Recent interventions in agricultural safety and health have developed a more comprehensive and contextual approach to farm safety behaviors. These are broad, general approaches to safe work practices that complement the task-focused safety training and engineering interventions of many farm safety programs. Some common features of these more recent interventions are: (1) the interventions require the active participation of the farmers and farm workers, for whom the interventions are intended; (2) farm economics and productivity are recognized as powerful determinants in shaping the structure and organization of the enterprise; (3) safe work practices and safety-related improvements in the work environment are shown to promote the productivity and economic viability of the farm; and (4) participation from community members, including extension agents, 4-H, FFA, educators, equipment dealers, insurance agents, bankers, local media, and others can be the key to making such interventions successful-both in the early phases, and over the long term. This article describes a breakout session that was held at the Agricultural Health and Safety Conference sponsored by the National Institute for Occupational Safety and Health, 15-17 July 1997, in Morgantown, West Virginia. The panel was convened to address the approaches to interventions outlined above. These approaches, brief highlights of six presentations illustrating these approaches to interventions, comments from three discussants, and feedback from the audience are summarized in this article.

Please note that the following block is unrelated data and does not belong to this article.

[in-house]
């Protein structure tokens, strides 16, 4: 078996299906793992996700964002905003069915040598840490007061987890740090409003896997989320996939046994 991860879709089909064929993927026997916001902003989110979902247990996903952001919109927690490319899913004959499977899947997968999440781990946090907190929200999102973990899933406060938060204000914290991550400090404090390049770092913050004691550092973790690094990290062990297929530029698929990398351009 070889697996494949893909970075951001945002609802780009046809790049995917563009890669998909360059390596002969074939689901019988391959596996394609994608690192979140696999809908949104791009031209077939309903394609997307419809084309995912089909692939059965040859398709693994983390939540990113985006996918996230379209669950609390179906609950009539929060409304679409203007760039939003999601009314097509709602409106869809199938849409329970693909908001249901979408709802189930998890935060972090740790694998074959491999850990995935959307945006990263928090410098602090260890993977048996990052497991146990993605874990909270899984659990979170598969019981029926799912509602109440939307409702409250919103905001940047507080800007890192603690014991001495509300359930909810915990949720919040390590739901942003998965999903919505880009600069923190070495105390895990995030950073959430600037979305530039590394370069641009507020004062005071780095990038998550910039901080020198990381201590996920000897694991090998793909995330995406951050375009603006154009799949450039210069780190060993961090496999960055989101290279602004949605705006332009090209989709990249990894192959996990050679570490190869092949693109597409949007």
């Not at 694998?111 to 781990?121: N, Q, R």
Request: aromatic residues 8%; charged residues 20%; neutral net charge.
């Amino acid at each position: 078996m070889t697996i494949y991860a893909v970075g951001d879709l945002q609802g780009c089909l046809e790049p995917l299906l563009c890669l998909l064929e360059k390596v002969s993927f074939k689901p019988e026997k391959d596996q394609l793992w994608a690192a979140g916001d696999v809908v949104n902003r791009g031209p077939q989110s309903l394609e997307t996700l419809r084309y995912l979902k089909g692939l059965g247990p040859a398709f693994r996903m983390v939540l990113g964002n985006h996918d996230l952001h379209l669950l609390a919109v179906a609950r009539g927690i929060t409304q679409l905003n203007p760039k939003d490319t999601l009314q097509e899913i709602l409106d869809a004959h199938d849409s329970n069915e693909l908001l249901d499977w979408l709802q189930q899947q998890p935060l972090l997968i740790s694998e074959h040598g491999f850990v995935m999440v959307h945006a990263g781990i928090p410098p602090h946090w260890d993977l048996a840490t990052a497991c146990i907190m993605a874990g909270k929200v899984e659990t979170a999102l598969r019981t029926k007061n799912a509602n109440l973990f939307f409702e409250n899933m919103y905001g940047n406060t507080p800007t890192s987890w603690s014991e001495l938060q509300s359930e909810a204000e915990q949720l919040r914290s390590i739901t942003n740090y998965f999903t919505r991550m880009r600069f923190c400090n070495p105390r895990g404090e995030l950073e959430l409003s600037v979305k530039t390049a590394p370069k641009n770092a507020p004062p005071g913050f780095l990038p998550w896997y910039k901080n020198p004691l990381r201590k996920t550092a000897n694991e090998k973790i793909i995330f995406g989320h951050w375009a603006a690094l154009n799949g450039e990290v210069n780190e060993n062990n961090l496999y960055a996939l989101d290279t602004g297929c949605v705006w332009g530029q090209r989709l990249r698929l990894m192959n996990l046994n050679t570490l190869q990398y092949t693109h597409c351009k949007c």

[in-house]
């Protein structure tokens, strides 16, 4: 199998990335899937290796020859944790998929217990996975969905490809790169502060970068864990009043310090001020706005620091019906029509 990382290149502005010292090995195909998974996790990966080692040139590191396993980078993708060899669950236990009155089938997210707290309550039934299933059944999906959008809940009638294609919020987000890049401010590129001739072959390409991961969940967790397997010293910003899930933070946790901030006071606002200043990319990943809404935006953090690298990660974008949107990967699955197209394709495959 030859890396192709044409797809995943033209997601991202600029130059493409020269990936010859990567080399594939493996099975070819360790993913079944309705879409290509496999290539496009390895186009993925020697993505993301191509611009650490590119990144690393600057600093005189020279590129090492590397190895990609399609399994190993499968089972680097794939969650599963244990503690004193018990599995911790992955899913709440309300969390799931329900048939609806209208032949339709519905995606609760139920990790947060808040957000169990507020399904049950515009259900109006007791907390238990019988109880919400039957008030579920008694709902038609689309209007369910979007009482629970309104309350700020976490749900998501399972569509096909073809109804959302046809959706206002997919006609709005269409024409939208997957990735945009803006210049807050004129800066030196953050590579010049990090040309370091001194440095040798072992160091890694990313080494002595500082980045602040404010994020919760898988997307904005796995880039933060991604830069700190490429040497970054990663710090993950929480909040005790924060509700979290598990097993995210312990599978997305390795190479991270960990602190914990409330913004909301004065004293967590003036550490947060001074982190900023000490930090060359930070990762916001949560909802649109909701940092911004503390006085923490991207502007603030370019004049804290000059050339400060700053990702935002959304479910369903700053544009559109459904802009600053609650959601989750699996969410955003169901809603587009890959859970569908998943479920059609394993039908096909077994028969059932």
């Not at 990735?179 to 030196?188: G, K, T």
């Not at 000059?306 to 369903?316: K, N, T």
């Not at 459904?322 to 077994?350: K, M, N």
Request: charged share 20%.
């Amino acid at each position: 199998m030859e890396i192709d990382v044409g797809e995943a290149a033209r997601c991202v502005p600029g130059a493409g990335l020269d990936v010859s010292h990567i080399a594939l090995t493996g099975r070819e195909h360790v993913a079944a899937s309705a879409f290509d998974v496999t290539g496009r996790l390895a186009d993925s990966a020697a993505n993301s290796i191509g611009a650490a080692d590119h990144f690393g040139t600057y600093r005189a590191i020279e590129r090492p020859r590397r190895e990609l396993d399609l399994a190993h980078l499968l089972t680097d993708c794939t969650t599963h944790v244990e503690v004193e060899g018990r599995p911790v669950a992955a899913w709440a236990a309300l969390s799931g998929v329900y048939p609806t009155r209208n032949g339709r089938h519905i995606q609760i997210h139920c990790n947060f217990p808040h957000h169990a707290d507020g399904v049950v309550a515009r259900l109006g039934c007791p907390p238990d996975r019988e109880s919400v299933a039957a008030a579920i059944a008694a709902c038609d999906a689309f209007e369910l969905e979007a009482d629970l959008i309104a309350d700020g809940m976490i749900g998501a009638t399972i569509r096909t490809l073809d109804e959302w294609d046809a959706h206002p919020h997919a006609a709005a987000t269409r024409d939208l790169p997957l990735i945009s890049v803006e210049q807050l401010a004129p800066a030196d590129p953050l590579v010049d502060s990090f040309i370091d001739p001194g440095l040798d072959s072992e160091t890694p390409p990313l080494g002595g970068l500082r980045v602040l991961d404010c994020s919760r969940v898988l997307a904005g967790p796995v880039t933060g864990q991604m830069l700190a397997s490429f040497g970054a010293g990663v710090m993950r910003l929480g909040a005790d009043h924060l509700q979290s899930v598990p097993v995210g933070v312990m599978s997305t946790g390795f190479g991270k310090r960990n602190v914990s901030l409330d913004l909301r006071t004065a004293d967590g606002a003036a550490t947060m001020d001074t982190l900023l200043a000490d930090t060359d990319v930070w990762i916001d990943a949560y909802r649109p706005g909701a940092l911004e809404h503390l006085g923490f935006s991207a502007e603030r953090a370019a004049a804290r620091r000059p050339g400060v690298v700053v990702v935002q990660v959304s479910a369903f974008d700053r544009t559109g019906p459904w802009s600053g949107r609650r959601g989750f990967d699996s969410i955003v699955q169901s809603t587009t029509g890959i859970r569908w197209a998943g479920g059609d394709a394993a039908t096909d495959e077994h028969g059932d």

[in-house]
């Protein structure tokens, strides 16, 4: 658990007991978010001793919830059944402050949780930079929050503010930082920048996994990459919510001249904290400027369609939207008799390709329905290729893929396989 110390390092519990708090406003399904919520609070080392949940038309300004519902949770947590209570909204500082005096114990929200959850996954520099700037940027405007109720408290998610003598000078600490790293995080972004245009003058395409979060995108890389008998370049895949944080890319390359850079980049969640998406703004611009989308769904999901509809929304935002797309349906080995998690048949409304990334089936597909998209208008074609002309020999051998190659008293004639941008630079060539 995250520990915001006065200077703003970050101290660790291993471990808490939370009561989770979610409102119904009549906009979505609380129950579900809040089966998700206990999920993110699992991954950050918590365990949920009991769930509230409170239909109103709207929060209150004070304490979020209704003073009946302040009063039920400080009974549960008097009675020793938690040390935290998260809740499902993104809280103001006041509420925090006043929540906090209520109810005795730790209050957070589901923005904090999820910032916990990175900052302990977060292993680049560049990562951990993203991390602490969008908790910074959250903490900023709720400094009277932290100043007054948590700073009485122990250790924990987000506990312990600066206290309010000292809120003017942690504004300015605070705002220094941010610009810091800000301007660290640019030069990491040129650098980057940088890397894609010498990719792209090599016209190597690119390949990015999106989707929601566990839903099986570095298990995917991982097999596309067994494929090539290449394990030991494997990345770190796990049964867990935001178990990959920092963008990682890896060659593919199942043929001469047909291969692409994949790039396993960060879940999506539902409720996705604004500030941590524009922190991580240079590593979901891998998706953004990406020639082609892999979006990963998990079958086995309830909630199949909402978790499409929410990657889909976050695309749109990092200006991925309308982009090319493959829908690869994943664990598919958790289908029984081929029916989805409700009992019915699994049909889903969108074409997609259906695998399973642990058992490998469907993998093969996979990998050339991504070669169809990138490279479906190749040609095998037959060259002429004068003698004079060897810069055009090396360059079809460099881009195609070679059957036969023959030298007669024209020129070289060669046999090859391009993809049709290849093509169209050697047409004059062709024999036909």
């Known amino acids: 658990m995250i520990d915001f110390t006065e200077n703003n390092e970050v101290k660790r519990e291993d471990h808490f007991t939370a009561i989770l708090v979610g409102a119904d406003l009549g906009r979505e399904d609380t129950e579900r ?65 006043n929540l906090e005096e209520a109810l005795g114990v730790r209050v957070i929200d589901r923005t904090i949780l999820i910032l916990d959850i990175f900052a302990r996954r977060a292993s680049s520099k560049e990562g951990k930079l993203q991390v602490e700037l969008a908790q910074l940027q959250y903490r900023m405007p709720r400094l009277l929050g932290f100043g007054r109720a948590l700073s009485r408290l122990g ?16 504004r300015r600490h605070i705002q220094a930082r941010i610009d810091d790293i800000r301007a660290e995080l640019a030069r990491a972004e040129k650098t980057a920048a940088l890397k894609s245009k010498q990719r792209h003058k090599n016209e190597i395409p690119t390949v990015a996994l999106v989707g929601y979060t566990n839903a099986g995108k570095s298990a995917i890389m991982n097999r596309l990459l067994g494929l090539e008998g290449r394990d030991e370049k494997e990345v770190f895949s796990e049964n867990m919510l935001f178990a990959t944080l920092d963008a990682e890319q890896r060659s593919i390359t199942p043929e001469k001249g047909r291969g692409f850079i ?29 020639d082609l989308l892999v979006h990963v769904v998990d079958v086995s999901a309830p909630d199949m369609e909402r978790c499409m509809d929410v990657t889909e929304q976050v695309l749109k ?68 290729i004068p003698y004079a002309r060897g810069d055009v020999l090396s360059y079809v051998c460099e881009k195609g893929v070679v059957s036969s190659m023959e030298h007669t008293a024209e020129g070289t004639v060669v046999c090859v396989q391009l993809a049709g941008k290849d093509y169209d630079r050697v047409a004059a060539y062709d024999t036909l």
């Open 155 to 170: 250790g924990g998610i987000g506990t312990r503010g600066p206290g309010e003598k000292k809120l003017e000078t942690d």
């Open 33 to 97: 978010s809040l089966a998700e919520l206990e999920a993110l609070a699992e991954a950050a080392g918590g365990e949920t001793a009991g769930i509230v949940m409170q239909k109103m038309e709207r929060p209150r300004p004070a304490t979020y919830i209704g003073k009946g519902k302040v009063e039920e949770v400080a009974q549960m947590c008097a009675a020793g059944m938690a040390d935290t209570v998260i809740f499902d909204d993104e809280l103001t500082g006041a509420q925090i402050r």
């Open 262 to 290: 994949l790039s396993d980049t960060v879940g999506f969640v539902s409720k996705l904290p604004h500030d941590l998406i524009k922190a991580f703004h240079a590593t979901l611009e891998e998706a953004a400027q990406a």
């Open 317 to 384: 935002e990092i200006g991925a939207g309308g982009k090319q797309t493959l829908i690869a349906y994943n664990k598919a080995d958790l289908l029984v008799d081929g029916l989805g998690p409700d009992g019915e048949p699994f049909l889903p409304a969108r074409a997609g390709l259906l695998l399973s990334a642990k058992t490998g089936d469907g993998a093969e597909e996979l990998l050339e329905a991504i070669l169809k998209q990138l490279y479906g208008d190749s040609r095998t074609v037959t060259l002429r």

Ted Scharf, NIOSH, C-24, 4676 Columbia Parkway, Cincinnati, OH 45226